This article was first published in Het Financeele Dagblad. Original version (Dutch) can be found here
Author: Joe Zammit-Lucia
As we prepare for the upcoming European elections and the future of Europe, I have recently found myself pondering this question: with the waning of religion, ethnicity, geography, and common cultural norms as uniting forces in society, what is there that will hold us together?
The more I think about this question, the more I come to a single conclusion: what can hold us together is the cultural cohesion of the nation state.
Recent national elections across Europe, not least the latest election in the Netherlands, have shown the increasing appeal of the politics of national identity. Many have come to see such ‘nationalism’ as a retrograde step. But is it? Or is the nation state the last bulwark left against severe breakdown of our social fabric?
It is worth remembering that the nation state is not simply made up of a set of borders on a map. Nations are collections of a people with a significant degree of cultural cohesion, a shared narrative as to who they are, where they came from culturally, and why they belong together in mutual solidarity.
Colonialism ignored these principles when technocrats put together nations that did not fit such criteria. Many have since been riven by wars and fallen apart.
In the post-colonial era, the threat to the nation state came from elsewhere – the rise of the politics of globalism. As economies became increasingly trans-national, the power of the nation state waned. ‘Global governance’ was the fashion. A liberal, cosmopolitan political elite looked beyond their own borders and imagined a harmonious, integrated world of multicultural societies. For the globalist tribe, nationalism became a dirty word.
Yet, what globalists ignored is that undermining the nation state risks tearing apart the social cohesion on which any democracy depends for its survival. Multiculturalism risks leading many to feel that that they have been robbed of their emotional home. In such circumstances, a backlash is inevitable.
Globalisation has also fractured the concept of the political economy. While political legitimacy remains largely national or sub-national, economies are increasingly global. The rise of multi-national corporations, large scale tax arbitrage, the globalisation of financial markets, social media and data flows that know no borders, all these developments have further undermined the power of the nation state. Economics has become dissociated from political legitimacy – and it is doubtful whether democracies can long survive such a fracture.
The nationalist backlash needs to be evaluated in this context. It is easy, unjustifiably condescending, and intellectually lazy simply to dismiss such forces as ‘populist’. They are a response to real political, cultural, economic and social changes – many of them a direct result of increasing globalism.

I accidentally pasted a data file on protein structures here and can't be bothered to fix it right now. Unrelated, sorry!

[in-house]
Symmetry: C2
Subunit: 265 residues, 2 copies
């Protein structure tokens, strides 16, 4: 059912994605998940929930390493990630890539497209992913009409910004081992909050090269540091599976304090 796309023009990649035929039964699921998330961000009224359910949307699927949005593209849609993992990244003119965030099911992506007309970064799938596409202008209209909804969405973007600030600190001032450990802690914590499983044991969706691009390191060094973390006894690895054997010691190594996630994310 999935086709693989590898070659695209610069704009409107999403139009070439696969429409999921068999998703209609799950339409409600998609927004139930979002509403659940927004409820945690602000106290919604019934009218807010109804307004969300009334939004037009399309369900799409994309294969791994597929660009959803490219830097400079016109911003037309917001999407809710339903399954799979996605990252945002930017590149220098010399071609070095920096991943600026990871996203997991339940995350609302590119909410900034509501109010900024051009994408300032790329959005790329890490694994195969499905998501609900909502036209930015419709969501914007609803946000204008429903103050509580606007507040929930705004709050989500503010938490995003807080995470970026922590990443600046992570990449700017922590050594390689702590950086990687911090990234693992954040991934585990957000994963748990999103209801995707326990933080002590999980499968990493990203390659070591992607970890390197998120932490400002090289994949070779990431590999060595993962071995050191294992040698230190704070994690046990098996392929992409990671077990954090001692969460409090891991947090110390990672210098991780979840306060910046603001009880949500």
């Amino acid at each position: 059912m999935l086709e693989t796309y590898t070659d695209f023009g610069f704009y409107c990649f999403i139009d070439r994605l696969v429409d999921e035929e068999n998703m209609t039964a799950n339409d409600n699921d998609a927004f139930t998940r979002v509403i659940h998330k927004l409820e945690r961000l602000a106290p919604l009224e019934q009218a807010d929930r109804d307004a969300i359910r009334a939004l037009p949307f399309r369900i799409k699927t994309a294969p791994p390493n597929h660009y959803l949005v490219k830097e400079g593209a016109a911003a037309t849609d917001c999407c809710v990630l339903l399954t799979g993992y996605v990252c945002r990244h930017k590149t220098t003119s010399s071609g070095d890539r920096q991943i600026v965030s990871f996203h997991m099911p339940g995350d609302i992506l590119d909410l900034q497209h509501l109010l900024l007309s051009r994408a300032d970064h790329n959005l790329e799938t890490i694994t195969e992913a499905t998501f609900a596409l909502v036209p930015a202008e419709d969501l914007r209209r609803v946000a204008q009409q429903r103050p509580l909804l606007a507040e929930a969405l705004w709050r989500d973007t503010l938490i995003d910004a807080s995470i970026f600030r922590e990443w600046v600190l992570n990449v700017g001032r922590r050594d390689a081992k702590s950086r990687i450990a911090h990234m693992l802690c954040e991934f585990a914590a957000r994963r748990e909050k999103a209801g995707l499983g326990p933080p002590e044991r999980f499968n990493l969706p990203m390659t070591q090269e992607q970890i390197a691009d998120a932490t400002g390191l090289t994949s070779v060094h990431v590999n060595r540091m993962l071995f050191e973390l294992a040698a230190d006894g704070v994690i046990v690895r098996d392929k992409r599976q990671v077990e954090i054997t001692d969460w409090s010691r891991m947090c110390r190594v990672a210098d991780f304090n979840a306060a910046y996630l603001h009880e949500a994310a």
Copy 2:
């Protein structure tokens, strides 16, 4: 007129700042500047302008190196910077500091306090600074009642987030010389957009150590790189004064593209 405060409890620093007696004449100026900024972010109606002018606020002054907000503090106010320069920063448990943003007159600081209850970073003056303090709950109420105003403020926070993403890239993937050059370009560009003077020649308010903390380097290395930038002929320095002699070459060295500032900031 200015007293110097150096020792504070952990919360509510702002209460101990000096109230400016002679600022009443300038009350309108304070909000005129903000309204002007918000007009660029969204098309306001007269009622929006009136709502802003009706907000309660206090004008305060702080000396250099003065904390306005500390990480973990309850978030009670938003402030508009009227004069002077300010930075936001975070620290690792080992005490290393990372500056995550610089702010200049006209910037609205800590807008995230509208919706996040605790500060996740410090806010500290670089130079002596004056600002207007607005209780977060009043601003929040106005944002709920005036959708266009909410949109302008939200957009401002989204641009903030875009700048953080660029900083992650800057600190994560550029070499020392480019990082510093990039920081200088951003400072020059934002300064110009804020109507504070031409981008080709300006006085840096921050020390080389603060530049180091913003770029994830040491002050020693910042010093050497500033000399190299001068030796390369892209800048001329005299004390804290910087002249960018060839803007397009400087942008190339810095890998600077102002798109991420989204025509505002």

The United Kingdom
The danger is that our societies become tribalized – the globalists vs the nationalists. Maybe it is not surprising that these tensions have first come to a head in the longest established European nation and longest established parliamentary democracy – the UK – in the context of the Brexit debate. It would be complacent to assume that any other country is immune from succumbing to the same battle – even if in a different form.
What we need is to re-discover the concept of internationalism (or inter-nationalism) the nurturing of willingly given cooperation between culturally and socially cohesive nation states – rather than the more recent concept of a globalism shorn of any shared values and against which we see a widespread backlash.
For many years, many of us felt that individual economic prosperity driven by globalism and consequent economic integration should trump the cultural cohesion inherent in the nation state. How wrong we were.
An excessive focus on economics at the expense of cultural and social cohesion risks transforming communities and societies into an incoherent gaggle of self-centred individuals only out for themselves. The result will not be the cohesive society with a sense of shared solidarity that is the bedrock of any democracy and welfare state. Rather it will be a Hobbesian world of all against all.
To understand the importance of shared culture as opposed to economics, we only need to contrast the outpouring of solidarity after the tragic fire at Notre Dame, with the events during the Eurozone economic crisis where European countries were at each others’ throats. Where divisions were laid bare for all to see and where Europe was stressed to near breaking point.
Culture unites. Economics divides.
As we head towards developing a narrative for the European elections, we should ask whether the European Union can survive if ‘ever closer union’ can only be achieved at the expense of the nation state. We cannot afford to continue to put the two in opposition to one another.
Pushing integration too fast will emasculate the cultural and social cohesion provided by nation states well before European culture and solidarity are strong enough to have any hope of filling that void.
The result is likely to be further social breakdown and further strengthening of nationalist political forces. Moving forward in these integrationist directions should be evaluated in multi-generational timeframes not electoral cycle ones.